Montreal-based musicians Jean-Phi Goncalves and Betty Bonifassi each had their own careers going before they teamed up to experiment as Beast. Among other things, Goncalves was the drummer in the electro band Plaster, which had collaborated with Lauryn Hill. And Bonifassi had sung the Oscar-nominated theme song to Les Triplettes de Belleville.
But once they got together, there was no denying they were on to something. Merging hip hop with rock, jazz with electronica, the two literally created a Beast that sounds like a little bit of artists you probably love, from Moby to M.I.A., Depeche Mode to Portishead, Nina Simone to Neneh Cherry. Taken altogether, the experimental electronica duo sounds like little else you’ve ever heard before. And a lot of what you want to hear more of.
Whether you will is a separate issue. Available on iTunes for a couple months now, Beast was officially released in the U.S. a few weeks ago, though it’s still difficult to find much information about it beyond iTunes and its own websites, including a page on storied jazz-focused label Verve, now part of the Universal Music family. You’d expect, and certainly wish, for more promotional push on the label’s part.
That’s especially true because of what Beast has done here, having made an audaciously original self-titled debut. Its only flaws are the fact that it’s a bit too uniform in menacing feeling. And Bonifassi, a French native, performs in heavily accented English that gets the best of her regularly here, making it difficult to decipher her lyrics.
But a couple flaws are nothing to dwell on with a stunningly sharp album such as this. They spent two years working on the album, and it shows. This is a well-tended affair, with an overriding sound of cinematic melancholy – a film noir soundtrack, if ever there was one. And an overriding theme of power and powerlessness.
The set begins with an angry hip-hop song called ”Devil” and ends with a rousing spiritual called ”Satan.” Evil also pervades the riveting, swampy first single ”Mr. Hurricane.” ”One day I saw a beast coming, from across the sea,” Bonifassi raps – you’d never know that until this project she was strictly a singer. ”I never knew fear, until he came for me.” The choir sings in the chorus of giving into the forces that be. And Bonifassi responds affirmatively. ”Let it go, let it go,” she instructs. As she goes on, it’s clear she’s no longer fearful. ”I love the beast ya’ll.”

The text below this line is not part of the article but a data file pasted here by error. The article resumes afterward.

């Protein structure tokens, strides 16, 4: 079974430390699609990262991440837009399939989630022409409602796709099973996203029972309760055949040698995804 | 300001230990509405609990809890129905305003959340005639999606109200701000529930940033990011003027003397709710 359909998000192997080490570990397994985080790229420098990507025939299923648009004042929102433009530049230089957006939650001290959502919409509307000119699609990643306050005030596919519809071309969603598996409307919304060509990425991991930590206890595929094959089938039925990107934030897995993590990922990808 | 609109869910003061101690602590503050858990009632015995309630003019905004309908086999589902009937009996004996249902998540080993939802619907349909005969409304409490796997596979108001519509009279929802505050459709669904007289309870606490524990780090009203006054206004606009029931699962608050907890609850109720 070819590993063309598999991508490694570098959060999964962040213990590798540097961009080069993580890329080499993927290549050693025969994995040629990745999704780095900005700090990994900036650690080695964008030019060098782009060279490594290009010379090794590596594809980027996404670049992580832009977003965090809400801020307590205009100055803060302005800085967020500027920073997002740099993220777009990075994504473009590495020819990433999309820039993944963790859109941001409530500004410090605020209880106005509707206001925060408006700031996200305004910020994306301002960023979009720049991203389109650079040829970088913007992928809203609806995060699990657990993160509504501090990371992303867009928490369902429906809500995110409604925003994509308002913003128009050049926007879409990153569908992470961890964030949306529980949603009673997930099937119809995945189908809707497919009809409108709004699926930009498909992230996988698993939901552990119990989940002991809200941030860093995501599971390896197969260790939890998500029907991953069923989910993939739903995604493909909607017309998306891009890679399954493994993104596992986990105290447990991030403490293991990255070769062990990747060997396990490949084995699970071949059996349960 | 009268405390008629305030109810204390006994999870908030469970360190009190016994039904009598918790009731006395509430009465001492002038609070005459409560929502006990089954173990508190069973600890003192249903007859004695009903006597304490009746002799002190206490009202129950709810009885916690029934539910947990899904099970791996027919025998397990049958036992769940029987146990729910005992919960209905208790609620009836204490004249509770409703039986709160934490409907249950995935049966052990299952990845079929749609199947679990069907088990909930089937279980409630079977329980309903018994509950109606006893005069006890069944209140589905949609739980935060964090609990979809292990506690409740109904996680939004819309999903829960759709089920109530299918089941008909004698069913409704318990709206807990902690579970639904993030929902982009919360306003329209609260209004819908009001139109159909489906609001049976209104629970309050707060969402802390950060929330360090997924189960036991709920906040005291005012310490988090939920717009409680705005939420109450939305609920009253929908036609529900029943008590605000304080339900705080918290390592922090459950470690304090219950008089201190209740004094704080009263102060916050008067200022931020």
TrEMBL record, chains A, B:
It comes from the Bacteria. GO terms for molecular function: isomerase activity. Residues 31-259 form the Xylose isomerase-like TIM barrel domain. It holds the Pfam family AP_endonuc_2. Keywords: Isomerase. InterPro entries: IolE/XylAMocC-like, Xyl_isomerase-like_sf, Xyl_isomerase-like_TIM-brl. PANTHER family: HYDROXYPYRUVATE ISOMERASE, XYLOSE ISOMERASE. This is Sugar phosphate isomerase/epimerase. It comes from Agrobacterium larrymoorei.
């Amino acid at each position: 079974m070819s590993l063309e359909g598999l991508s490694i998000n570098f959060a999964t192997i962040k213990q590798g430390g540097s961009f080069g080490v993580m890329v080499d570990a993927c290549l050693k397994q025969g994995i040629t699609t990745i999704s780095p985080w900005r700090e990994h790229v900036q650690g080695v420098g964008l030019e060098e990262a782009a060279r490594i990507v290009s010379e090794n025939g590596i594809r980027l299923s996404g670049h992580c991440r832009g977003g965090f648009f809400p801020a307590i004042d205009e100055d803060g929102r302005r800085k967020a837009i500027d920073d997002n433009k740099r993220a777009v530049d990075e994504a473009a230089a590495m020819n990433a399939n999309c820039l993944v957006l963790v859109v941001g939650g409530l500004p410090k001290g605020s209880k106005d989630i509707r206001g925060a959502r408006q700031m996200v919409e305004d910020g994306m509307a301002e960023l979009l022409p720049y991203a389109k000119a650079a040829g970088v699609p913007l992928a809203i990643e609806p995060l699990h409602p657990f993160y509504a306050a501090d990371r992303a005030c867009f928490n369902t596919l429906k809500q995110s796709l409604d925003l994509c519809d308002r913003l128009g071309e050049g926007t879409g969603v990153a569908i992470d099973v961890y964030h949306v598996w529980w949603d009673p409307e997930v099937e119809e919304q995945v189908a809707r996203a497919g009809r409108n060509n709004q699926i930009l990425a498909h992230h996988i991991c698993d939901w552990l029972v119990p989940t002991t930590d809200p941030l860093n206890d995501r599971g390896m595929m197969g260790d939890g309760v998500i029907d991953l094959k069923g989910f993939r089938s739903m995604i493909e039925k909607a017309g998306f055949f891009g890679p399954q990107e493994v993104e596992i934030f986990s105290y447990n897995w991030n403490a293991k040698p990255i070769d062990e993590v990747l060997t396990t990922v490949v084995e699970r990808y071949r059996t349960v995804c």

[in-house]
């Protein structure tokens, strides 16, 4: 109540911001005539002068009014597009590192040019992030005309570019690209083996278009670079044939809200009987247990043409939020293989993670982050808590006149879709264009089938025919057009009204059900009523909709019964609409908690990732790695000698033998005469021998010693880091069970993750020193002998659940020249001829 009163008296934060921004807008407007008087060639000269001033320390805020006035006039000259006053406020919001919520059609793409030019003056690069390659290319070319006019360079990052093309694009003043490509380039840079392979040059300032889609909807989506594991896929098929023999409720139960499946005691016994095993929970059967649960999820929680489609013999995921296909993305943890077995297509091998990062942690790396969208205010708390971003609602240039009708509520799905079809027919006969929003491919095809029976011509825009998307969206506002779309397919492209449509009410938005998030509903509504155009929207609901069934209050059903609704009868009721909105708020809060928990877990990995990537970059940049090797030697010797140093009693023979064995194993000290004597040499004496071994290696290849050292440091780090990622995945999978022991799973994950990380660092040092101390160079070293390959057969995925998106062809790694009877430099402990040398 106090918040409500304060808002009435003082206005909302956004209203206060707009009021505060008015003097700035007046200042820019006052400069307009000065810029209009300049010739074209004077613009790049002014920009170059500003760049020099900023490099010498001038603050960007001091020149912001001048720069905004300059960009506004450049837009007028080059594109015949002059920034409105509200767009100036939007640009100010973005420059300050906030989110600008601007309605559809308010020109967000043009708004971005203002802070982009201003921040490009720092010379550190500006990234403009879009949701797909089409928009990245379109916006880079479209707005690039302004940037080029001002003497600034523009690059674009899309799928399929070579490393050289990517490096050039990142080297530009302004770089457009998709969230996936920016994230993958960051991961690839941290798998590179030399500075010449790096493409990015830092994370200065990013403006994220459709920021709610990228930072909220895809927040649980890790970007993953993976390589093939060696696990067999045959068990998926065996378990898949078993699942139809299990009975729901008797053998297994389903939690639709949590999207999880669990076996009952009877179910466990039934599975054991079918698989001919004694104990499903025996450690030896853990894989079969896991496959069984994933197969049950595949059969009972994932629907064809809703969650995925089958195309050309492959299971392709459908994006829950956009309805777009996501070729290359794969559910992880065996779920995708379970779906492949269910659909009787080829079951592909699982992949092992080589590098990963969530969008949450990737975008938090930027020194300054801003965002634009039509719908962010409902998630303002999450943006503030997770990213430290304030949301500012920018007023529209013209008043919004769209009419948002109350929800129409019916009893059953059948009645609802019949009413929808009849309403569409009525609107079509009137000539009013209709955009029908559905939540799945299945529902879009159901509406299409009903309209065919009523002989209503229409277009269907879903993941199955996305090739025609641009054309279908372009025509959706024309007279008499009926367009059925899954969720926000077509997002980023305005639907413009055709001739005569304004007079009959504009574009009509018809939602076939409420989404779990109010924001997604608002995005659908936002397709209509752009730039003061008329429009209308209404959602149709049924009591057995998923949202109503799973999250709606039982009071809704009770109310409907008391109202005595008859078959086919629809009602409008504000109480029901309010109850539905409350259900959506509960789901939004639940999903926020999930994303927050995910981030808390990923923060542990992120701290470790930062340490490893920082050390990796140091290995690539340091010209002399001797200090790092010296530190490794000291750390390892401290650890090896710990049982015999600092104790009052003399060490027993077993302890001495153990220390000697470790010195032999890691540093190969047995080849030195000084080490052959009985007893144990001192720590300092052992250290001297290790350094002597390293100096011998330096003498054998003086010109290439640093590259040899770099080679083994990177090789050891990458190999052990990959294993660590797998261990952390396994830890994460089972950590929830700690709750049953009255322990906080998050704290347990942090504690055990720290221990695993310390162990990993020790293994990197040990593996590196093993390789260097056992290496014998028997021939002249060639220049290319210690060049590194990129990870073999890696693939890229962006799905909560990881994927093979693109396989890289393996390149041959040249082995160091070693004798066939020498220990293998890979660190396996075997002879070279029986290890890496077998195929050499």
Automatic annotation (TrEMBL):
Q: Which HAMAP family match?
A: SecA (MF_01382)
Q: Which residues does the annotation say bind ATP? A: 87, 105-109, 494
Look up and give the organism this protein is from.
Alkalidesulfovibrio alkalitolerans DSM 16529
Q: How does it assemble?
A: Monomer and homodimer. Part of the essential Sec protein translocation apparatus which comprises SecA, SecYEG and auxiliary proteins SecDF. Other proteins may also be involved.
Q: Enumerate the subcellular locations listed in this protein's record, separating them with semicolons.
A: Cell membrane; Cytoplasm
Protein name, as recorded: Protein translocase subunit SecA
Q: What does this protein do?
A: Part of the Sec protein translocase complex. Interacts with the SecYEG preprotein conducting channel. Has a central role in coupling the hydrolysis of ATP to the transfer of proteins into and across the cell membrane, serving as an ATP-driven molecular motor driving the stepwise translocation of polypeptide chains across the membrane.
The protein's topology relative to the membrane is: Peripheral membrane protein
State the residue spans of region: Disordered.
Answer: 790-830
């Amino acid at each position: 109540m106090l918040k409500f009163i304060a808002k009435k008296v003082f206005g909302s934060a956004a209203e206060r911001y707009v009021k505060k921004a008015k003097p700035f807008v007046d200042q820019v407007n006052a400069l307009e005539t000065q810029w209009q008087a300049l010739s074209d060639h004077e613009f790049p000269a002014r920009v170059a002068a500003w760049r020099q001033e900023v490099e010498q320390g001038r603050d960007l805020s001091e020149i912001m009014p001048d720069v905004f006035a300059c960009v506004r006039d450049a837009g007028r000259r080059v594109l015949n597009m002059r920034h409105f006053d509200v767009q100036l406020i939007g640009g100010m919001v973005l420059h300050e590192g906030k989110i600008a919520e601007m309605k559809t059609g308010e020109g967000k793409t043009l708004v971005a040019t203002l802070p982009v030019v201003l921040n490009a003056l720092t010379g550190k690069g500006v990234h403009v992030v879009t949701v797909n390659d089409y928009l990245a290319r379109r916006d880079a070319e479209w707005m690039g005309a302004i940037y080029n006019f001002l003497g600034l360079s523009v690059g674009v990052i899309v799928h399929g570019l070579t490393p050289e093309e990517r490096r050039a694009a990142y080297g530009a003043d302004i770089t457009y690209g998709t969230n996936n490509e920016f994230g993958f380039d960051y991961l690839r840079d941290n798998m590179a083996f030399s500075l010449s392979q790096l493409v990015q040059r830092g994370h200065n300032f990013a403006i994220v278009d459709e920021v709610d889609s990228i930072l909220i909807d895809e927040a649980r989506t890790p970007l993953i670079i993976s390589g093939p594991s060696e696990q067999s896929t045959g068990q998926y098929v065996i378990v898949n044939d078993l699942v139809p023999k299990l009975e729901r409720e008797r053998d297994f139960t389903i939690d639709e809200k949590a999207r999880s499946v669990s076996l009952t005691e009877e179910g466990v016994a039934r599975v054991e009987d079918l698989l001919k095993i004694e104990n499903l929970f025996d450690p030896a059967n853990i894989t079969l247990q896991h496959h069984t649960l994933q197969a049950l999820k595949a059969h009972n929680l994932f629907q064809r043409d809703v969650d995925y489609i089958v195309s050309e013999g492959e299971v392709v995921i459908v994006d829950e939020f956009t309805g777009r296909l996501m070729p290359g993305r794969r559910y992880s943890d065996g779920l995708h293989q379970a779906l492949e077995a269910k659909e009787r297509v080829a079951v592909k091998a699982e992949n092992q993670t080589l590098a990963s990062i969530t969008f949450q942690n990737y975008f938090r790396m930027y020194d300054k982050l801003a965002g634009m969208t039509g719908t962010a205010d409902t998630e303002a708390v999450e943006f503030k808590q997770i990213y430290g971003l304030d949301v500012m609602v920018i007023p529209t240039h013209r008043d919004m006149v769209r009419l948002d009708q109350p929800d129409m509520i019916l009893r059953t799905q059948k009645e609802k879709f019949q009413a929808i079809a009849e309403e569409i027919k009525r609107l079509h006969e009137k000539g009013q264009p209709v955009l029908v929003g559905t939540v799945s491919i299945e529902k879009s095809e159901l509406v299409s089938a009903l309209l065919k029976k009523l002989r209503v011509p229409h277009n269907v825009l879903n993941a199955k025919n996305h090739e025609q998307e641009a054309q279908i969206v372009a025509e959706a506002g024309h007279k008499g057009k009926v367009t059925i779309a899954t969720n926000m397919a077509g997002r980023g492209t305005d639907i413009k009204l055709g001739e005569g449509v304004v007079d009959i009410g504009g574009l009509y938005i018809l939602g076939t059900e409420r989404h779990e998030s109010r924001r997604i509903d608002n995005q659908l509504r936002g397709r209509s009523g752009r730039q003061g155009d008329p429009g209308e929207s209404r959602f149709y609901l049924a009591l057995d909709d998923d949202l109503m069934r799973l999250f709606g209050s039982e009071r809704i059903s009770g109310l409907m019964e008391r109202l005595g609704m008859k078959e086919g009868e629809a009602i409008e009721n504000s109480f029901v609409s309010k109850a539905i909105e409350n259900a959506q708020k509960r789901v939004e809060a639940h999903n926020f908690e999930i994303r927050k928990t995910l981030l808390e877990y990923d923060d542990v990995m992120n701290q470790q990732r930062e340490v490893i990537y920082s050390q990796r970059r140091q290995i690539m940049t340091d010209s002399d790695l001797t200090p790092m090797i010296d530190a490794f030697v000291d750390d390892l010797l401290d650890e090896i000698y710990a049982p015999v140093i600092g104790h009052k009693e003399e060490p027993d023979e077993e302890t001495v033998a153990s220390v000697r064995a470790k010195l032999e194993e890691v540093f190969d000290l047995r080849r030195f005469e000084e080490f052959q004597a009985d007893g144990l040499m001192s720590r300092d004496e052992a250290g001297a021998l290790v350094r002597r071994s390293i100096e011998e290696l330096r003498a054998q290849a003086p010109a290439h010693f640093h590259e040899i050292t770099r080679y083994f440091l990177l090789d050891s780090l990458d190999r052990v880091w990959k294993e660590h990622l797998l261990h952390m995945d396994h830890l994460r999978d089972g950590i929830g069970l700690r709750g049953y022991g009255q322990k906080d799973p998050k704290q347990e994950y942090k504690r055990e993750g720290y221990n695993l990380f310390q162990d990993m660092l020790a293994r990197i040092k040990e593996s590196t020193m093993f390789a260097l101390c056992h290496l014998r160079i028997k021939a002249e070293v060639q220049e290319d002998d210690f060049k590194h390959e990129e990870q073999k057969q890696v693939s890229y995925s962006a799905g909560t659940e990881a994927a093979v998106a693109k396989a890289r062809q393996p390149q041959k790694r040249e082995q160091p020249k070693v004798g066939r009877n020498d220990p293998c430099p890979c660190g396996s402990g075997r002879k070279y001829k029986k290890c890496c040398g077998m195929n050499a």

Halfway through the set comes the song ”Out of Control.” ”We are getting out of control,” Bonifassi, sings, in full, fantastic voice, as the choir sings a dreamy wordless refrain. The song spirals, and Bonifassi becomes fantastically unhinged in the manner of Nina Simone.
”The City” could be viewed as commentary on our current global crises, and what got us there. The song features blunt-force beats, crackling guitar chords, vinyl record scratches and a choir straight out of a horror-flick. ”Oh, oh, oh,” they sing as Bonifassi raps about the need to flee: ”In a city called heaven, I decided to make it mine.” The song actually sounds like heaven toward the end, when the horror disappears for a minute and the choir coos sweetly in praise. But then the preacher-man gets carried away, raising his voice about wanting, demanding more than what’s needed of everything. The sweet dream ends and the nightmare returns.
Even at its scariest, Beast is a creature worth getting to know.
If Beast reminds you of M.I.A. or Neneh Cherry – or a little bit of a lot that came before – the Brooklyn-based Plushgun will remind you a lot of the Pet Shop Boys, or the Postal Service. It’s less whiny, and less fey, than Neil Tennant and Chris Lowe’s outfit, and warmer than the electronic offshoot of Death Cab for Cutie’s Ben Gibbard with Jimmy Tamborello.
Don’t let the weapon in its name fool you, in other words – the sound is as soft and lush as a synth-pop lover’s dream. Daniel Ingala started this ebullient electronics project as a one-man MySpace act, but now he’s enlisted guitarist Taylor Armstrong and drummer Matt Bogdanow to make the band a recording and touring trio. Its new debut album Pins and Panzers is a sweet, sentimental romp through the minefields of adolescent emotion. On ”A Crush To Pass The Time,” Ingala sings of an ”emotional addiction,” and being in love with someone who’s unavailable.
First single ”Just Impolite” is a breezy, moody gem about being obsessed with another. Ingala sings in such a sweet, emotional voice – like so many of his obvious idols in the British New Wave – you could easily become obsessed with him, too.